I use Evernote a lot. It has a good checkbox mode to it. I don’t use it for everything, however. I typically start my day by flushing out my inbox, then I create a to-do list for the day, typically in Evernote. I start by copying yesterday’s list and then add and adjust. During the workday, I will sometimes make notes on paper or email myself, then at the end of the day, I go back to Evernote.

Besides your phone and computer, what gadget can’t you live without and why?

Bluetooth headphones. I also wear a heart-rate monitor every day and often a bike power meter for my workouts. They help me to not only get the workout I want, but I also know if my body is under stress. If at the start of my ride, my heart rate is over 50, I know I didn’t get enough sleep.

What everyday thing are you better at than everyone else? What’s your secret?

I can execute almost any recipe with extreme precision. I have zero creativity when it comes to cooking, but a recipe — even with 30 ingredients and 50 steps — I can execute pretty well. I’m also pretty good at making coffee.

What do you listen to while you work?

It depends on what I’m trying to accomplish. If I need to think through something, I match the beat of the music to the rough pace that I expect my brain to work. I listen to a lot of classical music, and if I’m not working, something more sombre like Chopin or Bach. If I am trying to rip through a hundred emails, and it’s not as much about analysing, rather just responding, I seek out high beats-per-minute, and I may listen to music that does not have languages that I understand or is fully instrumental. French techno/house, Spanish ska, Argentinian or Brazilian ska or rock, Japanese techno, et cetera.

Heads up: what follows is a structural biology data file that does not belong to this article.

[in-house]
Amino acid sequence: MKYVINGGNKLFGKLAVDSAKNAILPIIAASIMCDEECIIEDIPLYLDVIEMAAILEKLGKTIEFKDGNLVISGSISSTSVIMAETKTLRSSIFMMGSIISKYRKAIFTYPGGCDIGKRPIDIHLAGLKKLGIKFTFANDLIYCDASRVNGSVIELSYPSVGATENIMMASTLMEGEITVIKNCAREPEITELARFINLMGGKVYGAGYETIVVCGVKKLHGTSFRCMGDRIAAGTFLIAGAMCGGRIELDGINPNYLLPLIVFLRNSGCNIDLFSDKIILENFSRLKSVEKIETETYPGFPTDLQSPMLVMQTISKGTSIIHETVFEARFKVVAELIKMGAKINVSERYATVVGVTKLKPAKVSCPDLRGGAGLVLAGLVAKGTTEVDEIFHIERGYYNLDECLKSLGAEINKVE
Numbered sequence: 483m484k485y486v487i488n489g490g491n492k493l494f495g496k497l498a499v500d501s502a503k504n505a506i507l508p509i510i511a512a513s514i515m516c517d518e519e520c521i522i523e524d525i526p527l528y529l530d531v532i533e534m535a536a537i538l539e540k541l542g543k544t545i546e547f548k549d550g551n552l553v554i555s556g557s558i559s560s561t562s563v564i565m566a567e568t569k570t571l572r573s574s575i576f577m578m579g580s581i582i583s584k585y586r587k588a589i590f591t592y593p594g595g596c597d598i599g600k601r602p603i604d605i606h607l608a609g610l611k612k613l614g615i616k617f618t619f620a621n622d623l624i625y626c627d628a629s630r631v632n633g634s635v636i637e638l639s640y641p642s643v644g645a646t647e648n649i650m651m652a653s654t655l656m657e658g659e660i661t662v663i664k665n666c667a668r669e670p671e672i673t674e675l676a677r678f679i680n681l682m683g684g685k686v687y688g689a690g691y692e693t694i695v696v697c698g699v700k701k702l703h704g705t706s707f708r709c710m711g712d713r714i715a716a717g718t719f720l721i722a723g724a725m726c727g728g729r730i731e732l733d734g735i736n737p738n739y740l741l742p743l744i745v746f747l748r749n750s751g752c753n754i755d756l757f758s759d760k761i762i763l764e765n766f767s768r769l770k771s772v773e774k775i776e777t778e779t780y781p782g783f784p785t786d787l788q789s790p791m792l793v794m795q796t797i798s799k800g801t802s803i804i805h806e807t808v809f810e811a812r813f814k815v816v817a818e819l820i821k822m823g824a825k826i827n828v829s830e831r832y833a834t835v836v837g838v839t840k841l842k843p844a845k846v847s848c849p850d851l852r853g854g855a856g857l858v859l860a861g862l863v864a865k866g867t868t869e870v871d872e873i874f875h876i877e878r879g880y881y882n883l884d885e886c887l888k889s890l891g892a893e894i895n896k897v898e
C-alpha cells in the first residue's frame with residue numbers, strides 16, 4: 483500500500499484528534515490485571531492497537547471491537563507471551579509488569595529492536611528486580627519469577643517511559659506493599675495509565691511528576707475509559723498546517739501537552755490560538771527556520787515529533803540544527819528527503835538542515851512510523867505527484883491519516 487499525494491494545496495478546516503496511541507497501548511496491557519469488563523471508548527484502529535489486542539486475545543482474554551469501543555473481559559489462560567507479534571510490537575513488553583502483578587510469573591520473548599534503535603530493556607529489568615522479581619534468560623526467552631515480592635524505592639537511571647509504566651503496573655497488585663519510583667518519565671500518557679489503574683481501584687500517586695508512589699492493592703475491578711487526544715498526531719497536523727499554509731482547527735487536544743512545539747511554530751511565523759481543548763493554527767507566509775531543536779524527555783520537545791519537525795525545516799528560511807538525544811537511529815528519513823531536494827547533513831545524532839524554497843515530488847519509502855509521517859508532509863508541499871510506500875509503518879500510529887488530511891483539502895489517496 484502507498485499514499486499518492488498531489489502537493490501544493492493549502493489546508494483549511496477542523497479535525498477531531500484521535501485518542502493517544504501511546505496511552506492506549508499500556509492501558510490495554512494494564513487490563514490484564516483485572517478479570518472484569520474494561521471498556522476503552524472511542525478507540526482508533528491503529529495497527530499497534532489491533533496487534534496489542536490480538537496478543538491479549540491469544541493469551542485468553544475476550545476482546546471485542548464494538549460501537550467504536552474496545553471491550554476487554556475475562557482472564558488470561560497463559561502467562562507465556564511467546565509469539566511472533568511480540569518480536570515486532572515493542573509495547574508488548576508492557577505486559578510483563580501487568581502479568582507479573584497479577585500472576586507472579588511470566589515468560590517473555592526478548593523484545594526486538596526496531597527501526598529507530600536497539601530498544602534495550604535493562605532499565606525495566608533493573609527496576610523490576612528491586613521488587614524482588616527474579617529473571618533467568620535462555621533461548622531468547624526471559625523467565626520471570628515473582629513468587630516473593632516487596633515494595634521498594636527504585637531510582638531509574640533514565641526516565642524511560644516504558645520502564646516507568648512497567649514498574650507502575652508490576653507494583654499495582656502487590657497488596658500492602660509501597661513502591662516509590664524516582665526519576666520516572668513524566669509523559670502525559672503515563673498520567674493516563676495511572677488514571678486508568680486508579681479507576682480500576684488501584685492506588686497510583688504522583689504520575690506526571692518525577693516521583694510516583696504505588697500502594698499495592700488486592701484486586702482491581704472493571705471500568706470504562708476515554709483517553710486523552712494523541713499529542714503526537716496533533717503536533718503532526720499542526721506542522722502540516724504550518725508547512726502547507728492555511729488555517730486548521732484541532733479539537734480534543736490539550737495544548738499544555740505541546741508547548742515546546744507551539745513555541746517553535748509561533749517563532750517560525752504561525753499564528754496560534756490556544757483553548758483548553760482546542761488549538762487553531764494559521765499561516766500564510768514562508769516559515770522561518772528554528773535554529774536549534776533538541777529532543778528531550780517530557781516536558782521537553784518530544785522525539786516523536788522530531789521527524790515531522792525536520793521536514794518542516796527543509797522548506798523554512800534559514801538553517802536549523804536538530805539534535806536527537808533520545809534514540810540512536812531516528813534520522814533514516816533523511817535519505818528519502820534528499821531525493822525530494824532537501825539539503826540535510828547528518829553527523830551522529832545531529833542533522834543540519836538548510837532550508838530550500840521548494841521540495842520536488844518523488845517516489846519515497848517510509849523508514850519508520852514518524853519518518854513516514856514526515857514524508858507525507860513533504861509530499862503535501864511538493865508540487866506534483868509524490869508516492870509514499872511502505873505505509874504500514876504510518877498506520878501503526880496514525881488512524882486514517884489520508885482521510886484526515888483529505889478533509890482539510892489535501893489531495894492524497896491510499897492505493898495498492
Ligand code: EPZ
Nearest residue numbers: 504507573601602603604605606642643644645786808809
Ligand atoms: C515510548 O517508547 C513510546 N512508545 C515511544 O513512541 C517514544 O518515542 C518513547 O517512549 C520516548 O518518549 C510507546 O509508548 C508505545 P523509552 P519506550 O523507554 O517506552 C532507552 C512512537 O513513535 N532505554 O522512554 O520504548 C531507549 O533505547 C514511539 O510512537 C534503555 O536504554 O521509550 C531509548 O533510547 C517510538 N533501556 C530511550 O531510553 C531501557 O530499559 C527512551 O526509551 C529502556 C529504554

What are you currently reading?

I just finished A Gambler’s Anatomy and I read a lot of books like that. Double Your Profits In Six Months or Less. The Paper Menagerie, which I discovered because I thought Ken Liu did a great job translating The Three-Body Problem, then I found that he writes his own science fiction, too. I typically read a lot of non-fiction business books, and I also read one science-fiction or spy novel per month. I read four to six books a month.

How do you recharge? What do you do when you want to forget about work?

Cook. As I mentioned before, I try to make sure my days follow a pattern. I try to get home in time to cook or help prepare dinner for the kids. I’m hopelessly uncreative in the kitchen, but I take instruction well.

What’s your sleep routine like?

I’m fortunate that about 10 seconds pass between my head hitting the pillow and falling asleep. I can fall asleep under any circumstances and have insomnia maybe once every two years. I often miss takeoff when on aeroplanes. I usually get to bed by 10:30 or 11PM. My goal is to get seven hours of sleep, but I only need five.

Fill in the blank: I’d love to see _________ answer these same questions.

Hmmm, I’ve actually asked a lot of people these types of questions already. Such as professional cyclists.

What’s the best advice you’ve ever received?

I don’t know, but I think all of it came from my wife.

We’ve asked heroes, experts and flat-out productive people to share their shortcuts, workspaces and routines. Want to suggest someone we should feature or questions we should ask? [contact text=”Let us know.”]